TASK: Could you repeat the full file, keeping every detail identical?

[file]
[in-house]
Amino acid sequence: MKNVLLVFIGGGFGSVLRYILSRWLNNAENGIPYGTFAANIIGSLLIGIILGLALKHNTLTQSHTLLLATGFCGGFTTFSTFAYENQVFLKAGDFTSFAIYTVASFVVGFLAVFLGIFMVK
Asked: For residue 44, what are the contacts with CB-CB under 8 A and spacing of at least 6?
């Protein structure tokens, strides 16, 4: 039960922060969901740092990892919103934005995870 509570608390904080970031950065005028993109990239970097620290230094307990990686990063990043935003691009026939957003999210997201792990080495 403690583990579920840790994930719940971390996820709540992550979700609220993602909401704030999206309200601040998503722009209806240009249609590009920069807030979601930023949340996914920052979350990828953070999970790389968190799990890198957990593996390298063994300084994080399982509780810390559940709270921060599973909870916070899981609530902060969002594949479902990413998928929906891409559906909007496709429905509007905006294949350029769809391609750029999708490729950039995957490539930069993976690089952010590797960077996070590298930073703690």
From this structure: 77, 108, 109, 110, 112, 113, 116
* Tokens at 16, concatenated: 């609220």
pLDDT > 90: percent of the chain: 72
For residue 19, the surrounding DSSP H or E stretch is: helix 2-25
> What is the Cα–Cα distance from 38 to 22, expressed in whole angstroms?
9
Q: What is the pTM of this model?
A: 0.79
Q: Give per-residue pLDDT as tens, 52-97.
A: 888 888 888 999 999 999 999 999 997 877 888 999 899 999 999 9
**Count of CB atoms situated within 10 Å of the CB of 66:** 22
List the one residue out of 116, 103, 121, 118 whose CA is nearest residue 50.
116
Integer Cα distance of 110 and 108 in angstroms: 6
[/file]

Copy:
[in-house]
Amino acid sequence: MKNVLLVFIGGGFGSVLRYILSRWLNNAENGIPYGTFAANIIGSLLIGIILGLALKHNTLTQSHTLLLATGFCGGFTTFSTFAYENQVFLKAGDFTSFAIYTVASFVVGFLAVFLGIFMVK
Asked: For residue 44, what are the contacts with CB-CB under 8 A and spacing of at least 6?
């Protein structure tokens, strides 16, 4: 039960922060969901740092990892919103934005995870 509570608390904080970031950065005028993109990239970097620290230094307990990686990063990043935003691009026939957003999210997201792990080495 403690583990579920840790994930719940971390996820709540992550979700609220993602909401704030999206309200601040998503722009209806240009249609590009920069807030979601930023949340996914920052979350990828953070999970790389968190799990890198957990593996390298063994300084994080399982509780810390559940709270921060599973909870916070899981609530902060969002594949479902990413998928929906891409559906909007496709429905509007905006294949350029769809391609750029999708490729950039995957490539930069993976690089952010590797960077996070590298930073703690």
From this structure: 77, 108, 109, 110, 112, 113, 116
* Tokens at 16, concatenated: 């609220």
pLDDT > 90: percent of the chain: 72
For residue 19, the surrounding DSSP H or E stretch is: helix 2-25
> What is the Cα–Cα distance from 38 to 22, expressed in whole angstroms?
9
Q: What is the pTM of this model?
A: 0.79
Q: Give per-residue pLDDT as tens, 52-97.
A: 888 888 888 999 999 999 999 999 997 877 888 999 899 999 999 9
**Count of CB atoms situated within 10 Å of the CB of 66:** 22
List the one residue out of 116, 103, 121, 118 whose CA is nearest residue 50.
116
Integer Cα distance of 110 and 108 in angstroms: 6